Department of Homeland Security:
Organizational Structure, Spending, and Staffing for the Health Care Provided to Immigration Detainees
GAO-09-401T: Published: Mar 3, 2009. Publicly Released: Mar 3, 2009.
Immigration and Customs Enforcement (ICE) was created in March 2003 as part of the Department of Homeland Security (DHS). From fiscal year 2003 through fiscal year 2007, the average daily population of detainees in ICE custody increased by about 40 percent, with the most growth occurring since fiscal year 2005. In fiscal year 2007, ICE held over 311,000 detainees at more than 500 detention facilities. Most of these were Intergovernmental Service Agreement (IGSA) facilities--state and local jails under contract with ICE to hold detainees. Some ICE detainees received health care services from IGSA staff, IGSA contractors, or community medical providers, and other ICE detainees received health care provided or arranged by the Division of Immigration Health Services (DIHS). DIHS is mainly composed of contract employees and officers from the U.S. Public Health Service (PHS) Commissioned Corps--a uniformed service of public health professionals who are part of the Department of Health and Human Services (HHS) and who provide services in different settings, including ICE detention facilities. In light of questions about the health care provided to detainees in ICE custody, Congress requested information about ICE's organizational structure and its health care resources for detainees. Our report provides (1) a description of ICE's organizational structure for providing health care services to detainees, which includes our review of the relevant agreements between DHS and HHS regarding DIHS; (2) information about ICE's annual spending and staffing resources devoted to the provision of health care for detainees, and the number of services provided; and (3) an assessment of whether ICE's mortality rate can be compared with the mortality rates of the Federal Bureau of Prisons (BOP) and the U.S. Marshals Service (USMS)--two entities that are responsible for holding certain persons, such as criminals.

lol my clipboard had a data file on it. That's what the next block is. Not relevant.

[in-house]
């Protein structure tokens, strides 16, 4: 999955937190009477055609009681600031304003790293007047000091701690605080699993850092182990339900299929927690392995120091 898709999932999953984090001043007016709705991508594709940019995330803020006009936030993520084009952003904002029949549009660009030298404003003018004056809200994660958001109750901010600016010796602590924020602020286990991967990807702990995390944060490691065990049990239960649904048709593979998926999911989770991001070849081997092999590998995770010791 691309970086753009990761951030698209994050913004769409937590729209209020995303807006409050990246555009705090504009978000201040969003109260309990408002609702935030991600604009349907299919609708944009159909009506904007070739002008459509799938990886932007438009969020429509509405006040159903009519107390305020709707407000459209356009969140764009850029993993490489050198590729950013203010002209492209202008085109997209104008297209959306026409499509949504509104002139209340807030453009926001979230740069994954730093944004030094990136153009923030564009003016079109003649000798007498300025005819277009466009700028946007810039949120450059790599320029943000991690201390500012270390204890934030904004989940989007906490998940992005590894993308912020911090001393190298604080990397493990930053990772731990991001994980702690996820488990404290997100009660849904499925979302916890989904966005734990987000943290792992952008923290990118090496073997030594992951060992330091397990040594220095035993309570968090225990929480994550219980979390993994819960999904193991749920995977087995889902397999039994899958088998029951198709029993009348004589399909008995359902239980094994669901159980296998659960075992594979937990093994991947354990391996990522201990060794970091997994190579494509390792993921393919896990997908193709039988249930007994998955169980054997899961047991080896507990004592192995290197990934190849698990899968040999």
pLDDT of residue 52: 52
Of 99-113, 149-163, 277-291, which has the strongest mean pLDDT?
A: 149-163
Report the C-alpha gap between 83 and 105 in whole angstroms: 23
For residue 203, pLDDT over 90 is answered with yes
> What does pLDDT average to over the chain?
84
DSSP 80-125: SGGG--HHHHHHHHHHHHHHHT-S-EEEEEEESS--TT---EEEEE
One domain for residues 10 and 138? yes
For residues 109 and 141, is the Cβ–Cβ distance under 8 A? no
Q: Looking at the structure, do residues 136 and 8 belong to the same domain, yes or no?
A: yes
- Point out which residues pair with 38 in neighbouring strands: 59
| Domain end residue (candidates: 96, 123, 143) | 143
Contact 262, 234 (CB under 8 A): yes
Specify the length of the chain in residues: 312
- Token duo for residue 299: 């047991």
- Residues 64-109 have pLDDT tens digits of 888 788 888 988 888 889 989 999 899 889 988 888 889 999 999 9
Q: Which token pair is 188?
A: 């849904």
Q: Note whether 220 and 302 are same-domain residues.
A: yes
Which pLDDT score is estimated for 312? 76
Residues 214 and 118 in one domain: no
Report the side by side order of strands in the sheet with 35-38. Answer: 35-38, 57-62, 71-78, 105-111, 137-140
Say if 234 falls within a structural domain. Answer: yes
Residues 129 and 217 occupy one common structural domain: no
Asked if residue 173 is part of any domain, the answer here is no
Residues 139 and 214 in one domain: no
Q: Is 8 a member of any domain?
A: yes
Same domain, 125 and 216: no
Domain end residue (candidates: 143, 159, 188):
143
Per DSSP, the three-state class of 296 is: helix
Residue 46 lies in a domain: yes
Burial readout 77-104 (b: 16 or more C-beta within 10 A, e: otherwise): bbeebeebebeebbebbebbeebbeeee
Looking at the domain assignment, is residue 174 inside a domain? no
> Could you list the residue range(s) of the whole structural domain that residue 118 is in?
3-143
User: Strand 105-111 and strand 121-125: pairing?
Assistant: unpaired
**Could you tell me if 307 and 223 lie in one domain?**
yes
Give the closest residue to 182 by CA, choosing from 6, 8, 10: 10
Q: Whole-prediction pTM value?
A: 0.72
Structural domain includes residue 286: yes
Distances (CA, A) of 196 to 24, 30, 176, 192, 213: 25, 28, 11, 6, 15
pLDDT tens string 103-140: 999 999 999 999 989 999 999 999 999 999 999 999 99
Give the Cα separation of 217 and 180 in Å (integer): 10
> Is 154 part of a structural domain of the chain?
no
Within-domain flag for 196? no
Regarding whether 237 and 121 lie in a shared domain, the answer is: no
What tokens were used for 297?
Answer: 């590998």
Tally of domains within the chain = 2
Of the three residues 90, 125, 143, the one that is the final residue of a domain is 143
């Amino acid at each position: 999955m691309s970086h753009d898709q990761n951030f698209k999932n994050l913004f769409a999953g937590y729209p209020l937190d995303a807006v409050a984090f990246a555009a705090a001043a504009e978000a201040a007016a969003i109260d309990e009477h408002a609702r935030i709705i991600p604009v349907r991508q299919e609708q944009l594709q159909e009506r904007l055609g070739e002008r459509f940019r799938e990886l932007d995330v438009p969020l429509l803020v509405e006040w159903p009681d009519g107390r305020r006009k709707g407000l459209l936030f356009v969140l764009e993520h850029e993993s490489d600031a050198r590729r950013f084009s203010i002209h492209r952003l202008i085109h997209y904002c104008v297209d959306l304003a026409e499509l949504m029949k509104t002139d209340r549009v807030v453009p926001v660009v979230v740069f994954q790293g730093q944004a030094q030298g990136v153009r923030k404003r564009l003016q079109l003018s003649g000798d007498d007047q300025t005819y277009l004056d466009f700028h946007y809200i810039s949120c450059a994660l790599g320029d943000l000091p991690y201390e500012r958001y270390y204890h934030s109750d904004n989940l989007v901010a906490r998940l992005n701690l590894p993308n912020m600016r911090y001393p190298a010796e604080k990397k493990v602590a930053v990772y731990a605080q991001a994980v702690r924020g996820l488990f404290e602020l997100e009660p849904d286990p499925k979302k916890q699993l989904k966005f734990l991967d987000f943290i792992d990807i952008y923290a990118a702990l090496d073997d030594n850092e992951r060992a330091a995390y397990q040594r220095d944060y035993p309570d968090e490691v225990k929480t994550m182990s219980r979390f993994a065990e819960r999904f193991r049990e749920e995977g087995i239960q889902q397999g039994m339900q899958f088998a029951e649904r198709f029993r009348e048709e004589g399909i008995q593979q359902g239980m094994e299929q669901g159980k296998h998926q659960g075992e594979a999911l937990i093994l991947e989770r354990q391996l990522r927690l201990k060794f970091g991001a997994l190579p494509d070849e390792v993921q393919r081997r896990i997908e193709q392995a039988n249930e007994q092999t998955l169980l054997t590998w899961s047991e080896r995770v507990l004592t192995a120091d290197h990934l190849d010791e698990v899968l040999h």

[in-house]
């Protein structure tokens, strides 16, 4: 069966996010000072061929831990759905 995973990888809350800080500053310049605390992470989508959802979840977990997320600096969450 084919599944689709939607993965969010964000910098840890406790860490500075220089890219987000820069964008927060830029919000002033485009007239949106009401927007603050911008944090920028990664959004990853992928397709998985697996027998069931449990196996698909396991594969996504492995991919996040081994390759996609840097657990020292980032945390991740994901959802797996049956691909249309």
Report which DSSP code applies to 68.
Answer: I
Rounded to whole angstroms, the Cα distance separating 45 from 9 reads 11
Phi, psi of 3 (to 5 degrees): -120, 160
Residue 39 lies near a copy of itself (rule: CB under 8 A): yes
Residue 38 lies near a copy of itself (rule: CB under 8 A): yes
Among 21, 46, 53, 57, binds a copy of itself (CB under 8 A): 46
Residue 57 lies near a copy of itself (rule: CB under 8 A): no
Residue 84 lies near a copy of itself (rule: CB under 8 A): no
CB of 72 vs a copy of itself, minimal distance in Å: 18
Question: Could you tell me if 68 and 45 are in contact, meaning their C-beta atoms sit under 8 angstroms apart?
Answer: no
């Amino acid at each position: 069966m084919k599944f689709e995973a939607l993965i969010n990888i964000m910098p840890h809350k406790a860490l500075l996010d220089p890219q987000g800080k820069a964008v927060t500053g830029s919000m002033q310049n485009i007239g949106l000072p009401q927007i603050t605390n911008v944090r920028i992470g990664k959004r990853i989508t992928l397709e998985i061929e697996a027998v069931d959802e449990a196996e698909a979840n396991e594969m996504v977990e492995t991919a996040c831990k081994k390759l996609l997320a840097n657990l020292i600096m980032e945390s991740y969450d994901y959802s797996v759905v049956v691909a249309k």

In summary, we found that ICE's organizational structure for providing health care to detainees is not uniform across facilities. In fiscal year 2007, 21 DIHS-staffed facilities provided or arranged for health care for about 53 percent of the average daily population of detainees, while 508 IGSA facilities provided or arranged for health care for the remaining detainees--about 47 percent of the population. Before October 1, 2007, DHS and HHS maintained annual interagency agreements through which DIHS--a component of HHS's Health Resources and Services Administration (HRSA)--provided health care for ICE detainees. As of that date, the last annual interagency agreement was terminated, and DIHS no longer is a component of HRSA. DHS officials told us that this termination--along with a 2007 Memorandum of Agreement between HHS and DHS that placed PHS officers on detail to DHS on an open-ended basis and that allowed for additional PHS officers to be detailed to DHS in the future--affected 565 direct health care providers and administrative staff. According to DHS officials, ICE now has a component known as DIHS which provides health care services to detainees. We also found that although ICE's health care data are not complete, the available data on health care spending, staffing, and services provided generally showed growth in all three areas. For instance, from fiscal year 2003 through fiscal year 2007, reported expenditures for medical claims and program operations increased by 47 percent, while the average daily population of detainees increased by about 40 percent. However, ICE facilities do not use standardized record keeping, and are not required to routinely report data to DHS on the health care services provided to detainees. Furthermore, data were not available on the detainee health expenditures that are incurred by IGSAs. In addition, we determined that ICE's mortality rate cannot be directly compared with BOP's or USMS's mortality rate. This is due to differences in the three agencies' health care goals and scopes of services, as well as to demographic differences among the ICE, BOP, and USMS detainee populations. Based on our work, we have identified a number of issues that may merit further assessment in the $2 million external study that ICE was directed to fund. These include: (1) ICE's ability to access detainee population data that measure unique individuals in ICE custody, rather than the average number of beds used; (2) Reporting relationships between DIHS and ICE; (3) IGSA reporting requirements--including the frequency of reporting on health care services provided to detainees and the format in which health records are maintained; (4) ICE's ability to routinely ensure the transfer of medical records when detainees are transferred between facilities; (5) ICE's ability to identify and report the detainee health care costs incurred by IGSAs; and (6) ICE's ability to identify and report medical claims expenditures by facility type--such as for all IGSAs.